It seems everywhere I look these days people are talking and writing about productivity: How to be more productive, productivity ‘hacks’, and how to ‘hustle.’ Books are written and published, apps are developed and launched, YouTube videos produced (heck I’ve even shot one myself!)… And most of the tools, tips and tricks that are provided are great.
We All Need To Chill Out, Bug Out, And Get Bored Once In Awhile
Don’t get me wrong: Learning how to be more productive is a wonderful thing that can truly enhance the quality of our lives. But the message that’s sort of implied – and in some cases directly stated – is that we are supposed to productive and producing things all the time. It’s almost as though if what we’re immersed in isn’t deep and profound work, then it has no value to life.
This may be Western society reaching the next level in it’s esteeming of being busy. It’s no longer okay to just be occupied all the time (which has come to be strongly and most unfortunately associated with importance and worthiness). Now we need to also be effective, producing, and creating stuff 24/7. Not only is this impossible, it’s just not healthy. In fact there is real, scientifically proven value in allowing ourselves to indulge in moments that are totally unproductive. Even, I dare say, to the point that we become bored.
Boredom is a term that’s common in the Western world. The French have a word for it in their language too: “Ennui.” A Psychologist colleague of mine once researched the term “boredom” however, specifically and interestingly noting that in many cultures and languages around the world, there actually isn’t an equivalent word. In fact, some cultures have no definitive word for it at all. In any case, Dictionary.com defines “it” as “feeling weary, listless, and discontent by dullness, lack of occupation, or excitement.” And it has a very negative connotation in our parts of the world.
Here’s the thing: In being bored, we tend to experience total and utter release of our mental inhibitions. This allows us to think freely, more passionately, and with more clarity. Boredom can also be a very powerful incentive toward figuring out our next big move. Think about it: If we are bored – and therefore somewhat discontent – we logically become motivated to eventually move out of that state of boredom and onto greater and more exciting things. Reaching a state of boredom is therefore an important stage in the creative process.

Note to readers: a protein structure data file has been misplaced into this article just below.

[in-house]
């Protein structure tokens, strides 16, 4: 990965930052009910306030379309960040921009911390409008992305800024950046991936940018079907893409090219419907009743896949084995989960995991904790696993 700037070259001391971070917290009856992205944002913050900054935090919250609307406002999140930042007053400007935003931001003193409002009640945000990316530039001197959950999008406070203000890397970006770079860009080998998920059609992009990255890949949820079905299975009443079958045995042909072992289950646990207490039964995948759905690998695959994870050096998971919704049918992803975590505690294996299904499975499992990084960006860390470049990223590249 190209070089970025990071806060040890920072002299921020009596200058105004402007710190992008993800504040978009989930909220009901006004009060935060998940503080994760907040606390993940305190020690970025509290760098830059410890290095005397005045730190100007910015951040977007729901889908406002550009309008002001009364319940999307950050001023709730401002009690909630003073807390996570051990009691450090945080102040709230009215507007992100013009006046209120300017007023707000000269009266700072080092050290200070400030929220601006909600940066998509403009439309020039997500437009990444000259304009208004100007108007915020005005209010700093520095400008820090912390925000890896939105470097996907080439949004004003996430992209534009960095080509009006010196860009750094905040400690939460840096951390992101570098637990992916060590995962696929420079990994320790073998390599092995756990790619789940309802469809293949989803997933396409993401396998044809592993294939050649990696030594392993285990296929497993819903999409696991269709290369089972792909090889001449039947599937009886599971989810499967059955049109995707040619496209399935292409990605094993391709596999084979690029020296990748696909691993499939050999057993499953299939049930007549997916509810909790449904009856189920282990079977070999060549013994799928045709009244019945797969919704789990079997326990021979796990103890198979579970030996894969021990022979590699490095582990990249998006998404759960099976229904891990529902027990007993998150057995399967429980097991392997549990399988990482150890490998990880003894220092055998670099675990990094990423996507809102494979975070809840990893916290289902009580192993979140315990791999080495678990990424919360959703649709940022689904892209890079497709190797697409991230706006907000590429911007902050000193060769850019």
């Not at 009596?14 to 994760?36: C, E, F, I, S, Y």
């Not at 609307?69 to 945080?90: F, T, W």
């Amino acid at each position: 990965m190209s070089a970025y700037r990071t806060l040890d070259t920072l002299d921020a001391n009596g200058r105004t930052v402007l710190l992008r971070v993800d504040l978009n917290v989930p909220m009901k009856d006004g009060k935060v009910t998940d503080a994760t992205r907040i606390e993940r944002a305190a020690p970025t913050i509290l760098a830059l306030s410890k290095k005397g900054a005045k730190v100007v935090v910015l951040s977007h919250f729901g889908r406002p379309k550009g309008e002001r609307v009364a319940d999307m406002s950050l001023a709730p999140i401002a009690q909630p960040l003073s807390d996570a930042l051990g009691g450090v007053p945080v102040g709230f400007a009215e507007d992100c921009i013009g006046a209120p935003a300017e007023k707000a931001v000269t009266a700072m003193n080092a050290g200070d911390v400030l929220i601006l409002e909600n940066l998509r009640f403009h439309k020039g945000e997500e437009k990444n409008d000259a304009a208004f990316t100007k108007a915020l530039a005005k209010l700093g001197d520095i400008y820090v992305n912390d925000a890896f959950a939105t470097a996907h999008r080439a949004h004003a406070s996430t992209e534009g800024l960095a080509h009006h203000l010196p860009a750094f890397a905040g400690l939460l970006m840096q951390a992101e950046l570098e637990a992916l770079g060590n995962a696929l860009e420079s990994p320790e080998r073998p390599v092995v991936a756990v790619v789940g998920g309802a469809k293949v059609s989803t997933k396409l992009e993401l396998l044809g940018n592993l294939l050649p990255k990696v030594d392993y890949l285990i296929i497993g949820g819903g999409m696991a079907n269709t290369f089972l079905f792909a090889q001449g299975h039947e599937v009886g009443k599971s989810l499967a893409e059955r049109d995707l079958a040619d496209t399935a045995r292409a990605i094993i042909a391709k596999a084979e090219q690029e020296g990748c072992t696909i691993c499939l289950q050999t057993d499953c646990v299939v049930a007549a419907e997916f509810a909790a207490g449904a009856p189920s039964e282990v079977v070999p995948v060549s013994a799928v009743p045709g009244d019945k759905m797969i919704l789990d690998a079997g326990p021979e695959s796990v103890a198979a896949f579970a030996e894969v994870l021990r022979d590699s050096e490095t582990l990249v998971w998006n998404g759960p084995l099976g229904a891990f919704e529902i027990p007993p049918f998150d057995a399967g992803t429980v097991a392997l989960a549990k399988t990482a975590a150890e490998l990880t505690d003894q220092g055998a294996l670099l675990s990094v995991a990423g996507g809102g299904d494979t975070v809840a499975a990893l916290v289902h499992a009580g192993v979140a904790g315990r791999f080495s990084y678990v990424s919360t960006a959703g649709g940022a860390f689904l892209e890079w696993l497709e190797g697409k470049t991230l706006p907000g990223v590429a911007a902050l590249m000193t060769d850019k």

A study conducted by Mann and Cadman (2014) at the University of Central Lancashire found that participants who had been intentionally led to boredom generated significantly more uses for a pair of plastic cups than those who weren’t. What’s more, their findings also showed that boredom felt during passive activities (like reading reports or attending tedious meetings) had an even greater positive impact to how creative one could be after feeling bored. There is much more research in existence that also supports these findings.
Chronic boredom can be detrimental but natural, sporadic boredom is actually a good thing.
Early in my career, I used to practice in child outpatient psychiatry at a hospital in downtown Baltimore. After 10-12 hours a day of supporting kids through experiences so harrowing they could only be fathomed by some as tragic movie scripts, I’d drive home, settle into bed, turn on some mindless TV, and pick up In Touch magazine. Normally not a consumer of this type of content, and although it wasn’t boring per say, it would nevertheless not be considered a productive use of time by many. And yet, there was value to it because it was restorative in its own way. During that time in my life, it allowed me – and my mind – to totally decompress and stop being ‘on,’ so I could take on the next day.
I’m all for working more efficiently and effectively. But I’m also for giving ourselves permission to become bored every once in awhile, and for savouring - and not shaming ourselves over - those moments that are filled with absolute nothingness.
You know the ones I’m talking about.
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